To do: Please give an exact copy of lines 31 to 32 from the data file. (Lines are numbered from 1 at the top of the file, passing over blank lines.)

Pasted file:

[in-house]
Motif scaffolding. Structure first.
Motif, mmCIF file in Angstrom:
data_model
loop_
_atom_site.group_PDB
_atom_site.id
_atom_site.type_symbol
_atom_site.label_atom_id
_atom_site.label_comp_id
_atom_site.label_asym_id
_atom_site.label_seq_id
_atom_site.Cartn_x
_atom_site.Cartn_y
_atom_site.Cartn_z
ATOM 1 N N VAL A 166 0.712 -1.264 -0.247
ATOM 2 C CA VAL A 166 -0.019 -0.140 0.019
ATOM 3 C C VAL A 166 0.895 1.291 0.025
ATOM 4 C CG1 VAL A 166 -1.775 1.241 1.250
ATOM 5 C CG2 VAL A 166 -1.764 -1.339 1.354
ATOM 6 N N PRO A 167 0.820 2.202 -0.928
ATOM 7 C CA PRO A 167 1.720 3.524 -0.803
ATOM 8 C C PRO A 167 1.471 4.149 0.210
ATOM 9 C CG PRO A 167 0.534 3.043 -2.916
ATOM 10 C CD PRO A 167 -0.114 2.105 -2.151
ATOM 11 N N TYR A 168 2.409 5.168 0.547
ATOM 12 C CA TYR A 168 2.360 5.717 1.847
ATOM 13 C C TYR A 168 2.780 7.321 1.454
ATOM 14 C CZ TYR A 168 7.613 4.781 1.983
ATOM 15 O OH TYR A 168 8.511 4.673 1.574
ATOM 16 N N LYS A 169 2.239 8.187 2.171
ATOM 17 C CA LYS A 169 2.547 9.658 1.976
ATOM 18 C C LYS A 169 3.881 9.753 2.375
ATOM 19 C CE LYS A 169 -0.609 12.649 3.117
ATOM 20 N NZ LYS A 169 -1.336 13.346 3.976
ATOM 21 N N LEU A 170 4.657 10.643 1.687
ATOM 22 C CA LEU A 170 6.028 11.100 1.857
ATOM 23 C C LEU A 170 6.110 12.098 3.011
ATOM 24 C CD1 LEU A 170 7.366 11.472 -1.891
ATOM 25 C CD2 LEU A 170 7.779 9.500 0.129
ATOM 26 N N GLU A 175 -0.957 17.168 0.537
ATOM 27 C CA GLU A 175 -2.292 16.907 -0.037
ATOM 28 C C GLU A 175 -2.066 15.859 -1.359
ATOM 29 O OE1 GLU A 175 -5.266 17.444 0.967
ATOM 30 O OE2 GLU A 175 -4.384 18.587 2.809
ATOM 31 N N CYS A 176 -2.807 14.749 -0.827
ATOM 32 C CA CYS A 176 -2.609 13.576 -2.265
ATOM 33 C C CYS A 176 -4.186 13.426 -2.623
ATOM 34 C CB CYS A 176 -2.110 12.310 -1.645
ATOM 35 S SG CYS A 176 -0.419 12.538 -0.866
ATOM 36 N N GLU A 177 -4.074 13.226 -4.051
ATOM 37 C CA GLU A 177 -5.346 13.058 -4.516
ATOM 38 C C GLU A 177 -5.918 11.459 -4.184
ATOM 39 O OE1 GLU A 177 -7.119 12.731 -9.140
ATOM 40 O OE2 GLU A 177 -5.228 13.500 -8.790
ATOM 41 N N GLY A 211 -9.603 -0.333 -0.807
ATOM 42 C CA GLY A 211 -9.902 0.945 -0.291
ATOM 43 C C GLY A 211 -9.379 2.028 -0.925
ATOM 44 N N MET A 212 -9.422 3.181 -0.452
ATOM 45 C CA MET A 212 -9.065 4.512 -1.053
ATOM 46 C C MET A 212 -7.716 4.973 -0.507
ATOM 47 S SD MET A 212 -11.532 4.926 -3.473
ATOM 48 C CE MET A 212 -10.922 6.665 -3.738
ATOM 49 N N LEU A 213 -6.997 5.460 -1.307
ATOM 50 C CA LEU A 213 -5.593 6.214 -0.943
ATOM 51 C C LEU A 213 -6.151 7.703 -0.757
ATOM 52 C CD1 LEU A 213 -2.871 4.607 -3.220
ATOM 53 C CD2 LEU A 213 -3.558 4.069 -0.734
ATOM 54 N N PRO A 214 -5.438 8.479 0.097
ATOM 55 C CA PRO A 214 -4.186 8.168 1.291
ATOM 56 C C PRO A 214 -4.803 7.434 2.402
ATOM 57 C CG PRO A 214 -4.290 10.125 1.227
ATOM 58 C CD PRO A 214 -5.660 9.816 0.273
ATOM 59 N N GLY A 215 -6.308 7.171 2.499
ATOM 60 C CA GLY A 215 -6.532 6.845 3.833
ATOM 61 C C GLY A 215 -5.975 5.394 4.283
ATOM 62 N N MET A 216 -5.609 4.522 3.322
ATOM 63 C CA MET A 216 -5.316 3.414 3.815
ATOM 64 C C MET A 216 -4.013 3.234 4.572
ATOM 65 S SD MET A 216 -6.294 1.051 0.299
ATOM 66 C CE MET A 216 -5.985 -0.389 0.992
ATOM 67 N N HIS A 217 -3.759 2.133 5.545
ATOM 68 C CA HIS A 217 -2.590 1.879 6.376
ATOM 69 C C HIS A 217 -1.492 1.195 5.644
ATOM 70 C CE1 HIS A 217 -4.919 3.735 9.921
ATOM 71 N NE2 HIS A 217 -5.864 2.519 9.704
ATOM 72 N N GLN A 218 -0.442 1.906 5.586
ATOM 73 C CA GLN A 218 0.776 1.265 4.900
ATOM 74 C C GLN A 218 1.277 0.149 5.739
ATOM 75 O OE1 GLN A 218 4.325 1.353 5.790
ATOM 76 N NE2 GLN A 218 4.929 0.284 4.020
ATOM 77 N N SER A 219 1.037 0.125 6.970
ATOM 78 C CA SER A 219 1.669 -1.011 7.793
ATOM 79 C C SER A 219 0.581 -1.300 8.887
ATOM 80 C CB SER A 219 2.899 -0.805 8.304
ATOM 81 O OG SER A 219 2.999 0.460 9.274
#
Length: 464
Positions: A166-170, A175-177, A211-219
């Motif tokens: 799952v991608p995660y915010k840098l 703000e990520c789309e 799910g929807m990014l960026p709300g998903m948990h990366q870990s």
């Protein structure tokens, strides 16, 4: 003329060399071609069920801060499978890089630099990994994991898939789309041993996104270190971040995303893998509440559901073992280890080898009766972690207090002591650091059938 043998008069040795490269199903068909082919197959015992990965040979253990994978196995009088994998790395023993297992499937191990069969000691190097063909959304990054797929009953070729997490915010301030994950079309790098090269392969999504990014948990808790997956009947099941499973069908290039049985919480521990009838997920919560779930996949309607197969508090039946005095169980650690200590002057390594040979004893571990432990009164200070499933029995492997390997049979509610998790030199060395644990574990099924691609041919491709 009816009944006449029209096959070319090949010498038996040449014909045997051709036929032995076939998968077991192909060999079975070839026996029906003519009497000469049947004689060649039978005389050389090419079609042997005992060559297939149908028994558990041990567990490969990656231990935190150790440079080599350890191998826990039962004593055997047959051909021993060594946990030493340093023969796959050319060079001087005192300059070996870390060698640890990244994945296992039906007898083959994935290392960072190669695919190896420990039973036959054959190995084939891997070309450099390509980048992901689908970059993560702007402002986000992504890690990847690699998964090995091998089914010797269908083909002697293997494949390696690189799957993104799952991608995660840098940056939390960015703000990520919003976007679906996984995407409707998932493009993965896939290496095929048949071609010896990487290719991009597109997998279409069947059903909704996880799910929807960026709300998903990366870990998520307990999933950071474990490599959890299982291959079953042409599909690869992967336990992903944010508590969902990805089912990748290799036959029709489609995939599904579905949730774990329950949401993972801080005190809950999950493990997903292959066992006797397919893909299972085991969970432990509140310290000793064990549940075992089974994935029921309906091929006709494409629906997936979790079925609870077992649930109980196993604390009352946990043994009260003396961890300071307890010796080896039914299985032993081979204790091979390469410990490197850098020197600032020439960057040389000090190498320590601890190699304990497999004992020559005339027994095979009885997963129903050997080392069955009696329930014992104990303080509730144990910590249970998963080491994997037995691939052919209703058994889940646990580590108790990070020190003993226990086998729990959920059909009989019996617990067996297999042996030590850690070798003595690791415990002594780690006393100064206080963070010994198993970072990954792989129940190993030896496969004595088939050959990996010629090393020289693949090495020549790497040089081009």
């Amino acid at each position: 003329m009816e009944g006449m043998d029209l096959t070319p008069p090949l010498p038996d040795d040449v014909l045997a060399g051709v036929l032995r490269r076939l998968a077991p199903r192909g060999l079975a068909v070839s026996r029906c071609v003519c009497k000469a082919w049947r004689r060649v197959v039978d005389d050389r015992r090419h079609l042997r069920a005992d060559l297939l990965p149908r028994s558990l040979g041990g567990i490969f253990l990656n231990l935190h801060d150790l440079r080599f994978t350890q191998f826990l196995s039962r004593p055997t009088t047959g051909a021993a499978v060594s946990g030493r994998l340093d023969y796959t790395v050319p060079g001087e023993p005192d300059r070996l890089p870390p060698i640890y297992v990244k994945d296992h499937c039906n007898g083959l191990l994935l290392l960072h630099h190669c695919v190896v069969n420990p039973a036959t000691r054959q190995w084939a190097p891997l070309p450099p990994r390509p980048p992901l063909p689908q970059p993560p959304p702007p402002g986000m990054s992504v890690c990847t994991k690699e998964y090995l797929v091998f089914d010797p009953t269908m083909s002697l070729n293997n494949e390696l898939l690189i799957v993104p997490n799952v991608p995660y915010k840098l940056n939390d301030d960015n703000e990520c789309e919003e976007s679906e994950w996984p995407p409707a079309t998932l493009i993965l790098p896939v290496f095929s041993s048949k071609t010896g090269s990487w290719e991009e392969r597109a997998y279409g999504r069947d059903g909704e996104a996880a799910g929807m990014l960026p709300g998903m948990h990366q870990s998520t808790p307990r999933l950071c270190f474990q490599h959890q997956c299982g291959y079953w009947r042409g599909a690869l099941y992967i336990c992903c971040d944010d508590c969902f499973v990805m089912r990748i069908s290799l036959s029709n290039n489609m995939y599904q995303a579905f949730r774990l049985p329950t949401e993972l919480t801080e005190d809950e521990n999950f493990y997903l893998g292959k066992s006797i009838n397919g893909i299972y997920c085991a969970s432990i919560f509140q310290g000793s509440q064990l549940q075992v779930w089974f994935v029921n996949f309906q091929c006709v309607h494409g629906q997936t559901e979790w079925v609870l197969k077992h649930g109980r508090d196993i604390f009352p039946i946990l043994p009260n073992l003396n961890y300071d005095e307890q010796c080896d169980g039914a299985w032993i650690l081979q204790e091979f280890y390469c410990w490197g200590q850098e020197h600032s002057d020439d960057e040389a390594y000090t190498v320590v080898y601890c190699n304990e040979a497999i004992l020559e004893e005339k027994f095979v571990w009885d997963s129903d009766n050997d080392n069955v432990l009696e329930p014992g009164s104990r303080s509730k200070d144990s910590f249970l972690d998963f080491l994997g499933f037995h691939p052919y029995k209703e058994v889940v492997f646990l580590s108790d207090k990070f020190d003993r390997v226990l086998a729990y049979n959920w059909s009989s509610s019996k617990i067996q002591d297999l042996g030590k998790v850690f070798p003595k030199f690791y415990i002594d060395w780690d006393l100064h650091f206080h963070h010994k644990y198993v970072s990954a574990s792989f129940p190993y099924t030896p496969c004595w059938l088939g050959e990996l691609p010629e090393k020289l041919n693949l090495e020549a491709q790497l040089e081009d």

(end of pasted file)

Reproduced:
ATOM 16 N N LYS A 169 2.239 8.187 2.171
ATOM 17 C CA LYS A 169 2.547 9.658 1.976